My whole world is consumed by my safety because of my severe food allergies and anaphylaxis risk. Safety is just a more prevalent concern than it is for most 16-year-olds. I tend to get caught up in the thought that the world is as alert to my food allergies as I am. It’s a hard fall from the clouds when reality reminds me that this is simply not the case. I know this through first hand-experiences.
Now I am a typical teenager: I spend my time doing homework to ensure I get into a college of my choice, or taking part in fun activities with my friends. Yet, I often feel the rest of the world fails to understand just how debilitating my severe food allergies to peanuts, all tree nuts, eggs, dairy and peas can be.
In July, Taylor Swift performed at MetLife Stadium in New Jersey as part of her Reputation Tour. Since I’ve proudly called myself a fan since her debut in 2006, you can imagine my excitement when I found out I would be going to the concert with my cousin Carly.
When the day finally came, like most other concert-goers, I found myself wondering about things like – “What outfit should I wear?” and “How close are our seats?”. But once we were on our way to the show, I began to worry about my food allergies.
Security and Epi Worries
According to safety regulations, the MetLife Stadium does not allow bags over a certain size to be brought into the concert. I began to feel frantic: I needed my bag with me since the need two epinephrine auto-injectors it held must be with me at all times.
Once we got to security, I saw them inspecting belongings, as well as making some people check their bags before entering the stadium. Luckily, they let me in with my bag because it was small enough under the rules. As we were walking to our seats, I briefly thought about how most people would not think about the fact that epinephrine auto-injectors are like an appendage to someone like me.
The moment passed and thoughts of my allergies vanished; I was about to watch one of my favorite singers live! I had the most amazing time, belting out the words to Swift’s songs with my cousin; I was happily living in the moment with no concerns.
At one point, Swift performed one of her newer songs on a platform right in front of our seats! We rushed down the aisle to get closer to the excitement. I was in awe of Swift as she was singing “Dress” right in front of us. But I was quickly brought back to reality by a sharp stinging and slightly itching pain on my foot.
I looked around, and my stomach dropped to my feet. A man had been eating a bag of peanuts and my feet were right in the middle of all the peanut shells. I walked back to my seat and informed my mom I had hives on both of my feet.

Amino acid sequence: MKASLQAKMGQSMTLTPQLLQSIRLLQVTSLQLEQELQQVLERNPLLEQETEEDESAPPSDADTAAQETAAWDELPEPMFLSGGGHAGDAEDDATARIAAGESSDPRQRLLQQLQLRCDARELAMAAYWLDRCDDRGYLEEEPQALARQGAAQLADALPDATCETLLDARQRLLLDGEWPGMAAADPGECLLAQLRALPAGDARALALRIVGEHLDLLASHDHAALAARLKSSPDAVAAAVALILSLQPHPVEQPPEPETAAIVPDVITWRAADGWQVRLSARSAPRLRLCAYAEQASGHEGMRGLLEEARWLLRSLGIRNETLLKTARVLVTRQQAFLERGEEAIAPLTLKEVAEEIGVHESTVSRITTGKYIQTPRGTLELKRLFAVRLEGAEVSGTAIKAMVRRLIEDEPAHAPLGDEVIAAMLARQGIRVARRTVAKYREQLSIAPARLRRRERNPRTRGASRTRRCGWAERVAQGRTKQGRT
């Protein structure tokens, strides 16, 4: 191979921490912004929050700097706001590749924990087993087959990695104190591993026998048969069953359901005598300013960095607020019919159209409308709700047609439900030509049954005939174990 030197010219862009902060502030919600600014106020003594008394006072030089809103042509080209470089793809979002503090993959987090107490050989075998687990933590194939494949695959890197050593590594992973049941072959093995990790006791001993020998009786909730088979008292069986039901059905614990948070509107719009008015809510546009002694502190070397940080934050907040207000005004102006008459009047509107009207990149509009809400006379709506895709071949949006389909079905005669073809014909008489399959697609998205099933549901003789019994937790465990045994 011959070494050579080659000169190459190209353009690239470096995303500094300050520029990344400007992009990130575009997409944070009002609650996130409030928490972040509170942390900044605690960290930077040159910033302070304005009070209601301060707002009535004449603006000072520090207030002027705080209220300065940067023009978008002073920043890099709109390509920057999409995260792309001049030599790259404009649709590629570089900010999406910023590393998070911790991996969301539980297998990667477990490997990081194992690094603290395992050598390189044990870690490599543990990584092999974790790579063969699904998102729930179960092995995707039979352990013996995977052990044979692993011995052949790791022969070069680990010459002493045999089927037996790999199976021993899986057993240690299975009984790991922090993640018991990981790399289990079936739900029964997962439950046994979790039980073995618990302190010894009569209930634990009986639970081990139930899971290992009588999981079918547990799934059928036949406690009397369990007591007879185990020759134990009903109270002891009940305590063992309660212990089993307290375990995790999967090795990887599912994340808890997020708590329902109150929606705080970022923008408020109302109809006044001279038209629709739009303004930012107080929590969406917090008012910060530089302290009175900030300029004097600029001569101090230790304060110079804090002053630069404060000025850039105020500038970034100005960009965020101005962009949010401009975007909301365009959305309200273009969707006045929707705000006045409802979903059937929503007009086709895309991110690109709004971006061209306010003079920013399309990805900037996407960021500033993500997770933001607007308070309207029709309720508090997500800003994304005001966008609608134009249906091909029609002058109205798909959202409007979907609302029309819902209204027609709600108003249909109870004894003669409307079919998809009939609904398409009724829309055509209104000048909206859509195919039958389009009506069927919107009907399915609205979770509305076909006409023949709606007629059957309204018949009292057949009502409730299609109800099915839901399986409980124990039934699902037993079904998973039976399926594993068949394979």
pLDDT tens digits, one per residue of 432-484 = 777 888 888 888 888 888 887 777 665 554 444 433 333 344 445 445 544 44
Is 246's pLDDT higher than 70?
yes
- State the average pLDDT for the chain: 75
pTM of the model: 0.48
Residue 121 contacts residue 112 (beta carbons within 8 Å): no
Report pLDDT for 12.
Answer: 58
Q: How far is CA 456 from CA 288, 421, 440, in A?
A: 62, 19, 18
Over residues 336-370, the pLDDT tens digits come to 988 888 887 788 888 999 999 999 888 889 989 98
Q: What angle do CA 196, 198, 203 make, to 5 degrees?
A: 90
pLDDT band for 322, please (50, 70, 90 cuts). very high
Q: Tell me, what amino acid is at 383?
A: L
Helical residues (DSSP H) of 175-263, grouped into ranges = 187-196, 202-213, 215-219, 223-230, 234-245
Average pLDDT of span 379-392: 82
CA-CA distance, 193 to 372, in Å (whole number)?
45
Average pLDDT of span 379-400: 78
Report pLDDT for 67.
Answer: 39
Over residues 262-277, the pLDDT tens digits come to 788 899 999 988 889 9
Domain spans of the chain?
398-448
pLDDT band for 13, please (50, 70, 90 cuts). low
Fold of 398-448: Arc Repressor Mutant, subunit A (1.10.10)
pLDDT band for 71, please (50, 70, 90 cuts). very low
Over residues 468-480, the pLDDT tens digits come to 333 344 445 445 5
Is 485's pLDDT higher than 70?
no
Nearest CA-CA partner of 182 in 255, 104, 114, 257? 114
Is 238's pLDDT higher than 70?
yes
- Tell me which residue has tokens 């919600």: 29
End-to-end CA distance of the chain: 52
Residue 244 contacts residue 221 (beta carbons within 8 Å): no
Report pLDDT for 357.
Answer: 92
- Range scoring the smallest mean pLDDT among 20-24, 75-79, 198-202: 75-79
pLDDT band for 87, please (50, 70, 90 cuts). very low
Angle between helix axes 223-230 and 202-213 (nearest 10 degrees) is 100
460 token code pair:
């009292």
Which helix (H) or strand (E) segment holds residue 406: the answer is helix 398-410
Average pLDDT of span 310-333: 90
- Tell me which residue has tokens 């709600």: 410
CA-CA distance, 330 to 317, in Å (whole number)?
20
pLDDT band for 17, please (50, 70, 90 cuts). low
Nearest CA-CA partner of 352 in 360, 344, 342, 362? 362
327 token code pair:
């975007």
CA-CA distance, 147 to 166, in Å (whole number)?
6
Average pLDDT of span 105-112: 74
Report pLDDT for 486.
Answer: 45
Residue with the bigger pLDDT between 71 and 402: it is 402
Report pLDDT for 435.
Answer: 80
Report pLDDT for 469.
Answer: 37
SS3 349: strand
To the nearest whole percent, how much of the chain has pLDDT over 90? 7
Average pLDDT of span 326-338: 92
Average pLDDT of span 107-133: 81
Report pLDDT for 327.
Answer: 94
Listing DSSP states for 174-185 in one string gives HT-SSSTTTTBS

We rushed to the bathroom. While Swift was performing a personal favorite of mine, I was washing off my feet in the bathroom. I took antihistamines as a precaution and the hives went away. I realized that night that my food allergies are prevalent in my life well beyond what I can and cannot eat.
Surprised by Food Restriction
A couple days later, I went to a hot-air balloon festival with my family. We picked up dinner beforehand to eat while we watched the balloons ascend into the sunset sky. However, when we got there we were told there was a strict policy of not allowing outside food or drinks to be brought into the festival grounds.
I began to get frantic once again because I was allergic to the food that was for sale at the festival. We may have waited in line for five minutes to get in, but to me it felt like an hour. My mother explained to the woman conducting bag checks that we needed to bring our own food because of my severe food allergies. The woman nodded and told us: “I will allow it, that is fine, but do not tell anyone I am the one who let it in.”
At first I was thankful for her kindness, and I still am today. Yet, I realized that while I could have been without a meal or worse had an anaphylactic reaction to the food supplied by the festival’s vendors, this woman worried she would be in trouble for allowing in outside food. I felt saddened that the festival organization was not keen on allowing me to take safety precautions to protect myself, and that the employee could have faced being let go – simply because she’d agreed to keep me safe.
From the two experiences, I realized that food allergies are always going to be more pertinent to me than the rest of the world. Yet those who like me must manage severe allergies should not shy away from amazing experiences, such as a concert or festival. In my opinion that is letting fear consume your life, and that is simply no way to live.
Instead of getting angry when another person does not understand our struggle with food allergies, we need to channel our emotions into educating others and raising awareness – all the while partaking in the opportunities we desire to experience.